CHICAGO -- Chicago Cubs veteran Ben Zobrist is publicly asking Major League Baseball to lighten the restrictions regarding the color of his spikes after he received a letter of warning from the league.
Zobrist took to Instagram to plead his case:
Dear @mlb, I still like you but this is rediculous. For the last two years, I have worn black spikes exclusively at Wrigley Field for Day games to pay homage to the history of our great game, and now I am being told I will be fined and disciplined if I continue to wear them. When I was a kid, I was inspired by highlights of the greats such as Ernie Banks and Stan Musial in the 1950s-60s and was captured by the old uniforms and all black cleats with flaps. @newbalancebaseball made a kid's dream come true by making some all black spikes with the special tongue as well as the "Benny the Jet" @pf_flyers cleats. I am curious as to why @mlb is spending time and money enforcing this now when they haven't done it previously in the last year and beyond. I have heard nothing but compliments from fans that enjoy the "old school" look. Maybe there is some kid out there that will be inspired to look more into the history of the game by the "flexibility" that I prefer in the color of my shoes. Sincerely, Ben Zobrist
The league claims Zobrist is violating the rule that requires at least 51 percent "of the exterior of each player's shoes be the club's designated primary shoe color." The letter claims Zobrist broke that rule on May 2 in a game against the Colorado Rockies.
In his Instagram post, Zobrist says he was inspired by great players such as Ernie Banks and Stan Musial and was "captured" by the uniforms and "all black cleats with flaps."
Zobrist included a picture of his cleats as well as the letter sent to him by the league. He signed his post, "Sincerely, Ben Zobrist."
"We have shoe regulations that were negotiated with the union in the last round of bargaining," MLB said in a statement to ESPN. "If players have complaints about the regulations, they should contact their union which negotiated them. We have informed the union that we are prepared to negotiate rules providing players with more flexibility, and that issue is currently being discussed as part of a larger discussion about apparel and equipment."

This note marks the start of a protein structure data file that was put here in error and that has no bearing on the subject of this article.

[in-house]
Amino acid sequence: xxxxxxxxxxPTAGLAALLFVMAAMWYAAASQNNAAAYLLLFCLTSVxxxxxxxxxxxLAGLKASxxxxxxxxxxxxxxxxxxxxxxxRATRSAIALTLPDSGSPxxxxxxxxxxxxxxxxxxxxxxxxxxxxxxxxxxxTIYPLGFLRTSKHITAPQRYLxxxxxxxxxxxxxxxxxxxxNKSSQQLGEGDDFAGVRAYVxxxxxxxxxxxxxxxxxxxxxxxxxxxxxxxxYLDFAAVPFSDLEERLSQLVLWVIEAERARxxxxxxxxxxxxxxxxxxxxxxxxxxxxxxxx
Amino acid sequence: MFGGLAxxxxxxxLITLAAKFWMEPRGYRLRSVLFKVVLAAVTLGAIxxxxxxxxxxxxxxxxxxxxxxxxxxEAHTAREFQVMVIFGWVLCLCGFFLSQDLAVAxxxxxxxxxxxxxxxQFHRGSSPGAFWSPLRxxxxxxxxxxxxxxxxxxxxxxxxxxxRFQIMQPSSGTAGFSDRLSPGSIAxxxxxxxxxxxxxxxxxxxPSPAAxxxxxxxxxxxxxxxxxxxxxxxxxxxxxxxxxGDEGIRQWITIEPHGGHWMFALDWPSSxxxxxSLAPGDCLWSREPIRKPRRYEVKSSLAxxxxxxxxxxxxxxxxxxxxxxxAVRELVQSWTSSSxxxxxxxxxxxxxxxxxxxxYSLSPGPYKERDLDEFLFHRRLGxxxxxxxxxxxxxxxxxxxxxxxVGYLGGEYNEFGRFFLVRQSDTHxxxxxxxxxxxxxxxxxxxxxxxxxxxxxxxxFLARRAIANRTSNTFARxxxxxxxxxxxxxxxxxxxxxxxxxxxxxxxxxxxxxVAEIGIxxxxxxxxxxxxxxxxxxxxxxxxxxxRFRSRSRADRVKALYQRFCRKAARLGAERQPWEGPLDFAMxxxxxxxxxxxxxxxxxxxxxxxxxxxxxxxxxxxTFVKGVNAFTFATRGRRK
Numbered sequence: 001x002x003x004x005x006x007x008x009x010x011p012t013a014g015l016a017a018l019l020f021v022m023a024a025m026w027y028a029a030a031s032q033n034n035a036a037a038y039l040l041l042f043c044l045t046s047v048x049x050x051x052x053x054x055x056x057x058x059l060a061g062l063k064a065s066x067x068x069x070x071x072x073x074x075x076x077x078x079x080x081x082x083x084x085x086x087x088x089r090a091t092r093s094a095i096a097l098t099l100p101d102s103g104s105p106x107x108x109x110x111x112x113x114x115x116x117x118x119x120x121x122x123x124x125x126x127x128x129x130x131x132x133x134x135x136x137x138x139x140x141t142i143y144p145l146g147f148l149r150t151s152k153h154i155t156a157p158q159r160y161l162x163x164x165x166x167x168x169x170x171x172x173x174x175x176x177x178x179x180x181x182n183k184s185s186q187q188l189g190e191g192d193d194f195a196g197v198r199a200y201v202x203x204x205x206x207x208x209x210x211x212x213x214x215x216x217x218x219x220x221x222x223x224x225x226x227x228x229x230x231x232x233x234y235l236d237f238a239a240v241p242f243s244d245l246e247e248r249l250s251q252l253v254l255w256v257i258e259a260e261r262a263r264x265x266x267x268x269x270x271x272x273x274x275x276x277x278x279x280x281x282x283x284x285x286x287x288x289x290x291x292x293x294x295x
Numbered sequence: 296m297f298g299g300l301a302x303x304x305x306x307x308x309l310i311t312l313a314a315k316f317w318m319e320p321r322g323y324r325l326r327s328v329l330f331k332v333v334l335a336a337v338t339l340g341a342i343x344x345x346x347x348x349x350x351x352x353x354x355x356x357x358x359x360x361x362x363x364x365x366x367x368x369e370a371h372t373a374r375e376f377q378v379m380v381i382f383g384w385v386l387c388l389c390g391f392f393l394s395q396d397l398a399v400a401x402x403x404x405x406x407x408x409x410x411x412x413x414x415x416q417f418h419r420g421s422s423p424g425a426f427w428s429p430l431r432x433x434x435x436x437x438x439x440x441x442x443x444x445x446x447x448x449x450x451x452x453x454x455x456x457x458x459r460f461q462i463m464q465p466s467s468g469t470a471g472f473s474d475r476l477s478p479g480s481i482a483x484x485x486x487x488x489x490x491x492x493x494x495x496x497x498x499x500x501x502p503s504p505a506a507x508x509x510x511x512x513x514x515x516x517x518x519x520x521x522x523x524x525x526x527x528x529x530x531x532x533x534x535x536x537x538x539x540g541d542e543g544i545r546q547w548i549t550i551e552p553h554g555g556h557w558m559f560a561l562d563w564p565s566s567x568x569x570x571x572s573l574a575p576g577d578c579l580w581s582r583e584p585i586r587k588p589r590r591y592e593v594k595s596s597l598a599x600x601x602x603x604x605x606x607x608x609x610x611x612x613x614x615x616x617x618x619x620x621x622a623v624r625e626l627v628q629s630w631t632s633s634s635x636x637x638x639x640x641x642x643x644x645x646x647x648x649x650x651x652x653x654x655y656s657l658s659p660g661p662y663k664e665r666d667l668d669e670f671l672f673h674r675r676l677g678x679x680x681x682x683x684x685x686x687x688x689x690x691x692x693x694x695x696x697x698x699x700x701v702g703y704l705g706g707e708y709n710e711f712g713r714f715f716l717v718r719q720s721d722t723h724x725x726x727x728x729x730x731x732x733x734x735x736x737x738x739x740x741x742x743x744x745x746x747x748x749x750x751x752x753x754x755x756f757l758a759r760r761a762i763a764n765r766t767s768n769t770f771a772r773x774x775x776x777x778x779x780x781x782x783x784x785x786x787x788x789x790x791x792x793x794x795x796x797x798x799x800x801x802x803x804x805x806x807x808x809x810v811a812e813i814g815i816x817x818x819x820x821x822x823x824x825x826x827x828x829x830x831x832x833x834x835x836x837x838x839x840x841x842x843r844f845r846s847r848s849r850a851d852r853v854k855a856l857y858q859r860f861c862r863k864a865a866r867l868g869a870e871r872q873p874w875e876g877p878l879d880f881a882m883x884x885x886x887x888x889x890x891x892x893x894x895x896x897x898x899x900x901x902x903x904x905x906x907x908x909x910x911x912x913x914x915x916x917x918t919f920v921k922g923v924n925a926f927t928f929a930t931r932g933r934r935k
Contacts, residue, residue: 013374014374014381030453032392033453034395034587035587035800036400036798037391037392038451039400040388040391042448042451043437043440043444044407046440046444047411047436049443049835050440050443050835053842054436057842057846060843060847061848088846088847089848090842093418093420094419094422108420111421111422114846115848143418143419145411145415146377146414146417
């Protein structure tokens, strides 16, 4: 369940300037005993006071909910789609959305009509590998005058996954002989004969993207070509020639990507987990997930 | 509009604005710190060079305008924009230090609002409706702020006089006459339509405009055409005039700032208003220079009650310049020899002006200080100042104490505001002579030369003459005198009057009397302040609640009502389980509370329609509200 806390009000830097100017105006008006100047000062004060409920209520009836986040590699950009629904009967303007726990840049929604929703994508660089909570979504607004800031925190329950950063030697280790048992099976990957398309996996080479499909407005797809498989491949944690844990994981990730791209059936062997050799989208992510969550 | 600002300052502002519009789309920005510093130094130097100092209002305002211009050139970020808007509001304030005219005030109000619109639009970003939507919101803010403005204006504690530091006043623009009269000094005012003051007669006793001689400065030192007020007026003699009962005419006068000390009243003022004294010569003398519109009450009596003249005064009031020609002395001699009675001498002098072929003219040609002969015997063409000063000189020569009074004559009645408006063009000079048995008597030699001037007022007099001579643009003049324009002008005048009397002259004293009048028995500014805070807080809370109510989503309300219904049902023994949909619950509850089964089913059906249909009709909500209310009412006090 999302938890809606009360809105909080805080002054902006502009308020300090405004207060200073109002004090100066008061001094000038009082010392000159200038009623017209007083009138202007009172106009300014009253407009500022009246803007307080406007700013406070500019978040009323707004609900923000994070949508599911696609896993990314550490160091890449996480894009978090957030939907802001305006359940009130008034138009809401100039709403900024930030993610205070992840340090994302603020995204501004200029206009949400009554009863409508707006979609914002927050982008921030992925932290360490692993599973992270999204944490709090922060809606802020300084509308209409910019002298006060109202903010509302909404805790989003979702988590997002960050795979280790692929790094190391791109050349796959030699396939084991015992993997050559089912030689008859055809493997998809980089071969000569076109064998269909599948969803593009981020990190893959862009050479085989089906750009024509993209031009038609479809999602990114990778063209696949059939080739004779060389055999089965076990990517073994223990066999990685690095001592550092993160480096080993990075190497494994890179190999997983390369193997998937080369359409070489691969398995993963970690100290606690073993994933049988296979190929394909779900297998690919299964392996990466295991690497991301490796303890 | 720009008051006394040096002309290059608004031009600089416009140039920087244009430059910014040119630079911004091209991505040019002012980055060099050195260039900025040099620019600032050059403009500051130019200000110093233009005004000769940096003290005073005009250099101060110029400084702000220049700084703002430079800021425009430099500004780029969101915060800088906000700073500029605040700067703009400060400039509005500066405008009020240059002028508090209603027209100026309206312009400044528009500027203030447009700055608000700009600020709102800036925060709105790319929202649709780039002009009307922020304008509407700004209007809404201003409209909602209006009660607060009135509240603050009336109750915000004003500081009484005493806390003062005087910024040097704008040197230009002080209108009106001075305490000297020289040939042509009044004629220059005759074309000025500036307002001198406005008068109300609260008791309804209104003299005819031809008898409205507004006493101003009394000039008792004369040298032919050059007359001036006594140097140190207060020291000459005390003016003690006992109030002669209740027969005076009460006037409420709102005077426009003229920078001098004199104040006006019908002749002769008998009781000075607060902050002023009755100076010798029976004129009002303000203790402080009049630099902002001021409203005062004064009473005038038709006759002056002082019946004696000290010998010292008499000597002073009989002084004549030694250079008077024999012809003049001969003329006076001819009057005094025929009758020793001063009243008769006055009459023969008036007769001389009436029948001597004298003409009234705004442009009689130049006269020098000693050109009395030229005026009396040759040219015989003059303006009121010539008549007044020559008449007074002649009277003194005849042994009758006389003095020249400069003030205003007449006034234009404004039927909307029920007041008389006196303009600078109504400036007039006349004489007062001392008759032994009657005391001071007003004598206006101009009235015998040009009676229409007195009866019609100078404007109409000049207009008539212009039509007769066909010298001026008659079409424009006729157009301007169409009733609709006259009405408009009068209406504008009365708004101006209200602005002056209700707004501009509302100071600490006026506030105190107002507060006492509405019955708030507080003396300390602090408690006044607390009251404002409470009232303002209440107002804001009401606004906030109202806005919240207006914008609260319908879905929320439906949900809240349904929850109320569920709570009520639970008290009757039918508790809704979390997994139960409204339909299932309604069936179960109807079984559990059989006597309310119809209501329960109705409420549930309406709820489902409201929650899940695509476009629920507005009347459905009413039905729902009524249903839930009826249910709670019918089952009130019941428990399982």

Zobrist would not address the shoe issue after Saturday's game, saying he wants to talk with the league and players' union first.
Manager Joe Maddon backed Zobrist and recalled his own hoodie hoopla when he was managing Tampa Bay. MLB told Maddon that he wasn't allowed to use the hoodie that he often would wear on cold days at the ballpark, and ruled he and other managers and coaches could wear only approved jerseys and outerwear. A few days later, baseball reversed the ruling.
Maddon then got a Patriots hoodie with "J.M." on the front in the mail from none other than Bill Belichick. As for Zobrist's cleats?
"I love the shoes that he's wearing, and the reason that he gave is outstanding," Maddon said. "You know him. If that's coming out of his mouth, it's legit. He was doing that to bring back the history of the game. Hopefully, kids are watching. Those are the kind of things your kids are looking for, and I'm right on board with it -- absolutely."
Information from The Associated Press was used in this report.